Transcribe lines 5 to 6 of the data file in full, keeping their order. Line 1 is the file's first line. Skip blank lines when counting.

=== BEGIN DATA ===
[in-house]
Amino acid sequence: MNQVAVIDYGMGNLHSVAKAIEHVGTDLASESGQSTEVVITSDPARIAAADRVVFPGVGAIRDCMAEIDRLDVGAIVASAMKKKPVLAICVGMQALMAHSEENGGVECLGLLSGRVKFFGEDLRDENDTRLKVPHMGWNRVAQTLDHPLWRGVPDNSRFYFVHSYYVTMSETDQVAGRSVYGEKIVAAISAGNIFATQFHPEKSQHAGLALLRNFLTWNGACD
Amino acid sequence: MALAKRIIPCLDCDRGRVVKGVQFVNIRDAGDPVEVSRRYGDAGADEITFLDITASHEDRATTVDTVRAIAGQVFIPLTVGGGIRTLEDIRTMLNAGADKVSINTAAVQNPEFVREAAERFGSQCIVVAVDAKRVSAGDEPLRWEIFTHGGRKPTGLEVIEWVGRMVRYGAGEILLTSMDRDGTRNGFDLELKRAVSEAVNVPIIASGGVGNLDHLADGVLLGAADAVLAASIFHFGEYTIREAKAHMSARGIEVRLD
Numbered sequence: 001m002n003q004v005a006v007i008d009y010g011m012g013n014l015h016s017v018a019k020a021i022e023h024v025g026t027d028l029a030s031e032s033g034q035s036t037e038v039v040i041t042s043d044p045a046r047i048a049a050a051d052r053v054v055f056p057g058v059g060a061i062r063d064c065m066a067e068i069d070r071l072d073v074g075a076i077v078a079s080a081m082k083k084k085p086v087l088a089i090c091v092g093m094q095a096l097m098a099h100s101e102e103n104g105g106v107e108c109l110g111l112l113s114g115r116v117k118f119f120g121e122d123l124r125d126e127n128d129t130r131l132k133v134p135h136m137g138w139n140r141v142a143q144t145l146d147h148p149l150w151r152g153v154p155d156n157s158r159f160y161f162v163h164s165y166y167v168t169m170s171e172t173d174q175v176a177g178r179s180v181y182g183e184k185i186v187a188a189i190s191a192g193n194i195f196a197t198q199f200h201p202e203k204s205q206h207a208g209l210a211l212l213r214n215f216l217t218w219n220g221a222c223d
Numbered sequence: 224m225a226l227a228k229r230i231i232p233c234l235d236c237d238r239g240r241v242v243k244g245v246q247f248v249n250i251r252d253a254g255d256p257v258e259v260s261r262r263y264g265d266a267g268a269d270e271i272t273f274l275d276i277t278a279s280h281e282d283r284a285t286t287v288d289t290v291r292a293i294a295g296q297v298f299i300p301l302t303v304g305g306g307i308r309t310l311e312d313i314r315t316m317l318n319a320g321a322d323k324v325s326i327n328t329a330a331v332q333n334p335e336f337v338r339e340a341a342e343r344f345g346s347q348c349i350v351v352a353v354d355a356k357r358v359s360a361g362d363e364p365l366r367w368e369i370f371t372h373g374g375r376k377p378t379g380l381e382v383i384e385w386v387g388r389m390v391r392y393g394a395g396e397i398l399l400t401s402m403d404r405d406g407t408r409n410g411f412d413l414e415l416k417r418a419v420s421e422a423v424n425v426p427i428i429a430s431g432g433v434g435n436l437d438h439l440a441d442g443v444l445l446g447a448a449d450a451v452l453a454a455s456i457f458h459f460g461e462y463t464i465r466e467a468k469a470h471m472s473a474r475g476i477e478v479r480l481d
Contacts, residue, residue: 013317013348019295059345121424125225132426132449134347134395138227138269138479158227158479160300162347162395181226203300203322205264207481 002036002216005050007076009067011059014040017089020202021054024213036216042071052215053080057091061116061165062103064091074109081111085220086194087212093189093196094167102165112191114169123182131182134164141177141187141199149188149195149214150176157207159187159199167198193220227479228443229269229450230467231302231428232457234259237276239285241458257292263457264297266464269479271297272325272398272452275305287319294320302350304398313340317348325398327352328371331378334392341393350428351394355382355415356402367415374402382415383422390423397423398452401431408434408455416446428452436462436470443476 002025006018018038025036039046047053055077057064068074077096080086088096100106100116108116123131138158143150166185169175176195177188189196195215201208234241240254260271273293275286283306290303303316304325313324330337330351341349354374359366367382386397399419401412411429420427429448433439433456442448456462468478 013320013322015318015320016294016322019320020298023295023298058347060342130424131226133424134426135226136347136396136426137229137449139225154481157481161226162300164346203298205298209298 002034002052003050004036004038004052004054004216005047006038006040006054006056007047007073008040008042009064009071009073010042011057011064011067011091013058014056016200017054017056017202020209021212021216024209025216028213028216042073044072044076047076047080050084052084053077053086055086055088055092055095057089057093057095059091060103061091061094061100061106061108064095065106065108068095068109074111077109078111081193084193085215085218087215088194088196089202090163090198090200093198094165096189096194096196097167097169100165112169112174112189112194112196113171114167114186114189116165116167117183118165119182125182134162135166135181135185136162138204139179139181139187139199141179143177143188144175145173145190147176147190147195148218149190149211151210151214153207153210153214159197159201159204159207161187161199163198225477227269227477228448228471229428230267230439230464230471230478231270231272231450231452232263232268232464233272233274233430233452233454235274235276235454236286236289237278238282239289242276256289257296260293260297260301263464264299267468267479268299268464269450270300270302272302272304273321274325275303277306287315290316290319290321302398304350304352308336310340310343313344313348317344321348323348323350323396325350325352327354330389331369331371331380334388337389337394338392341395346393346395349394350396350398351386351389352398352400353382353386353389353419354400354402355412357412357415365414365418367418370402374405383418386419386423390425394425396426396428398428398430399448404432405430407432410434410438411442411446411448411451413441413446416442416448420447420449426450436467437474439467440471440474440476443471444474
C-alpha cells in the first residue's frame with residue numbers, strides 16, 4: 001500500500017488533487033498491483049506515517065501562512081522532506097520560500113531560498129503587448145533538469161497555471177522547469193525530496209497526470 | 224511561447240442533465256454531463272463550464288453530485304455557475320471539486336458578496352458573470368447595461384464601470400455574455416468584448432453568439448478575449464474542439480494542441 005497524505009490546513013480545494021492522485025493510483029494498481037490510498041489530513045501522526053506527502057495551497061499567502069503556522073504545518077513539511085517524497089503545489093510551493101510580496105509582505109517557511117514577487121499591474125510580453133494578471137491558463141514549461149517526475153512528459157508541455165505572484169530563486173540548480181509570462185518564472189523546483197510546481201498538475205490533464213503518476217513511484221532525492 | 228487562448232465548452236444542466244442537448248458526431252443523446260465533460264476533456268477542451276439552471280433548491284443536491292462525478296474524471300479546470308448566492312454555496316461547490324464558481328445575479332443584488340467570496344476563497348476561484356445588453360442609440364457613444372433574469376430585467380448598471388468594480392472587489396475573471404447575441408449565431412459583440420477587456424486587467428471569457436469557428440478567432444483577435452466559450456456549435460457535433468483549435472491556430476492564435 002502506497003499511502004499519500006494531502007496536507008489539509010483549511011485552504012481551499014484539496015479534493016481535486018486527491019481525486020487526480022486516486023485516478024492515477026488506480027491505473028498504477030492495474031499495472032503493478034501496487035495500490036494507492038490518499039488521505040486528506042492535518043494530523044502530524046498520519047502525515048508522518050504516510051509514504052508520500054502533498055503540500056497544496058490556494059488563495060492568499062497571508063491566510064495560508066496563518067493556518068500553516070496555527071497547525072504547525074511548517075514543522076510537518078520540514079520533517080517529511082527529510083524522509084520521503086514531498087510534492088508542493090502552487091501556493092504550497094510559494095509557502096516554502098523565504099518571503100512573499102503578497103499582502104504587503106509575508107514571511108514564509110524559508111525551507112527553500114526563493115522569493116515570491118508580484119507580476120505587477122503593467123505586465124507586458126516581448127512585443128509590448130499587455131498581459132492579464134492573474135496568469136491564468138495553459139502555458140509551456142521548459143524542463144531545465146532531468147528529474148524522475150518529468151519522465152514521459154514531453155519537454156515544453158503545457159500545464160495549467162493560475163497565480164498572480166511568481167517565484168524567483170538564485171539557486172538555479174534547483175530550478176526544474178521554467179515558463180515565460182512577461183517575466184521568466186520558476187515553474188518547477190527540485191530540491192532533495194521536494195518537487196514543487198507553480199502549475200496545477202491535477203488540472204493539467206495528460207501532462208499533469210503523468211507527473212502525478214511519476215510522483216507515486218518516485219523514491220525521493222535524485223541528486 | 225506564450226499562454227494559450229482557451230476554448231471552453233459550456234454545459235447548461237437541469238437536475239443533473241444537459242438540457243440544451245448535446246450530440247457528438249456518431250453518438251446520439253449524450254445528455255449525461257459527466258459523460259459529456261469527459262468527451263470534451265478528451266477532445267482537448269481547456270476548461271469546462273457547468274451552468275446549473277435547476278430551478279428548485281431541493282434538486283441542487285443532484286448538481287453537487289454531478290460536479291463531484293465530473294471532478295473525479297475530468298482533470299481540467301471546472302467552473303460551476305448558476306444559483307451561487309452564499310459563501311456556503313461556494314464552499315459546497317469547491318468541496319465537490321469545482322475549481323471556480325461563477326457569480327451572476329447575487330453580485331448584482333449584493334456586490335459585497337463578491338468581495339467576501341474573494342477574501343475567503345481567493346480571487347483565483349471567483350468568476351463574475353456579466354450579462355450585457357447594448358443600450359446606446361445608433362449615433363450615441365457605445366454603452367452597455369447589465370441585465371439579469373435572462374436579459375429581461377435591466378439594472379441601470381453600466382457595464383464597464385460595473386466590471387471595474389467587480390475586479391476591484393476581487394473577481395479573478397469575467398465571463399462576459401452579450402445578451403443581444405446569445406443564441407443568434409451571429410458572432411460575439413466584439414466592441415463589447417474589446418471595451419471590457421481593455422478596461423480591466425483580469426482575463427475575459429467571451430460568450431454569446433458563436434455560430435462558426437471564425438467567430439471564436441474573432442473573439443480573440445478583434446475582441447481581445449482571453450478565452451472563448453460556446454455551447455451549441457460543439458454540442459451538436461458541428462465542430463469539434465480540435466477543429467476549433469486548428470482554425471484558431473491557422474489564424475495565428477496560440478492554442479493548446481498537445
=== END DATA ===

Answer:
Numbered sequence: 224m225a226l227a228k229r230i231i232p233c234l235d236c237d238r239g240r241v242v243k244g245v246q247f248v249n250i251r252d253a254g255d256p257v258e259v260s261r262r263y264g265d266a267g268a269d270e271i272t273f274l275d276i277t278a279s280h281e282d283r284a285t286t287v288d289t290v291r292a293i294a295g296q297v298f299i300p301l302t303v304g305g306g307i308r309t310l311e312d313i314r315t316m317l318n319a320g321a322d323k324v325s326i327n328t329a330a331v332q333n334p335e336f337v338r339e340a341a342e343r344f345g346s347q348c349i350v351v352a353v354d355a356k357r358v359s360a361g362d363e364p365l366r367w368e369i370f371t372h373g374g375r376k377p378t379g380l381e382v383i384e385w386v387g388r389m390v391r392y393g394a395g396e397i398l399l400t401s402m403d404r405d406g407t408r409n410g411f412d413l414e415l416k417r418a419v420s421e422a423v424n425v426p427i428i429a430s431g432g433v434g435n436l437d438h439l440a441d442g443v444l445l446g447a448a449d450a451v452l453a454a455s456i457f458h459f460g461e462y463t464i465r466e467a468k469a470h471m472s473a474r475g476i477e478v479r480l481d
Contacts, residue, residue: 013317013348019295059345121424125225132426132449134347134395138227138269138479158227158479160300162347162395181226203300203322205264207481 002036002216005050007076009067011059014040017089020202021054024213036216042071052215053080057091061116061165062103064091074109081111085220086194087212093189093196094167102165112191114169123182131182134164141177141187141199149188149195149214150176157207159187159199167198193220227479228443229269229450230467231302231428232457234259237276239285241458257292263457264297266464269479271297272325272398272452275305287319294320302350304398313340317348325398327352328371331378334392341393350428351394355382355415356402367415374402382415383422390423397423398452401431408434408455416446428452436462436470443476 002025006018018038025036039046047053055077057064068074077096080086088096100106100116108116123131138158143150166185169175176195177188189196195215201208234241240254260271273293275286283306290303303316304325313324330337330351341349354374359366367382386397399419401412411429420427429448433439433456442448456462468478 013320013322015318015320016294016322019320020298023295023298058347060342130424131226133424134426135226136347136396136426137229137449139225154481157481161226162300164346203298205298209298 002034002052003050004036004038004052004054004216005047006038006040006054006056007047007073008040008042009064009071009073010042011057011064011067011091013058014056016200017054017056017202020209021212021216024209025216028213028216042073044072044076047076047080050084052084053077053086055086055088055092055095057089057093057095059091060103061091061094061100061106061108064095065106065108068095068109074111077109078111081193084193085215085218087215088194088196089202090163090198090200093198094165096189096194096196097167097169100165112169112174112189112194112196113171114167114186114189116165116167117183118165119182125182134162135166135181135185136162138204139179139181139187139199141179143177143188144175145173145190147176147190147195148218149190149211151210151214153207153210153214159197159201159204159207161187161199163198225477227269227477228448228471229428230267230439230464230471230478231270231272231450231452232263232268232464233272233274233430233452233454235274235276235454236286236289237278238282239289242276256289257296260293260297260301263464264299267468267479268299268464269450270300270302272302272304273321274325275303277306287315290316290319290321302398304350304352308336310340310343313344313348317344321348323348323350323396325350325352327354330389331369331371331380334388337389337394338392341395346393346395349394350396350398351386351389352398352400353382353386353389353419354400354402355412357412357415365414365418367418370402374405383418386419386423390425394425396426396428398428398430399448404432405430407432410434410438411442411446411448411451413441413446416442416448420447420449426450436467437474439467440471440474440476443471444474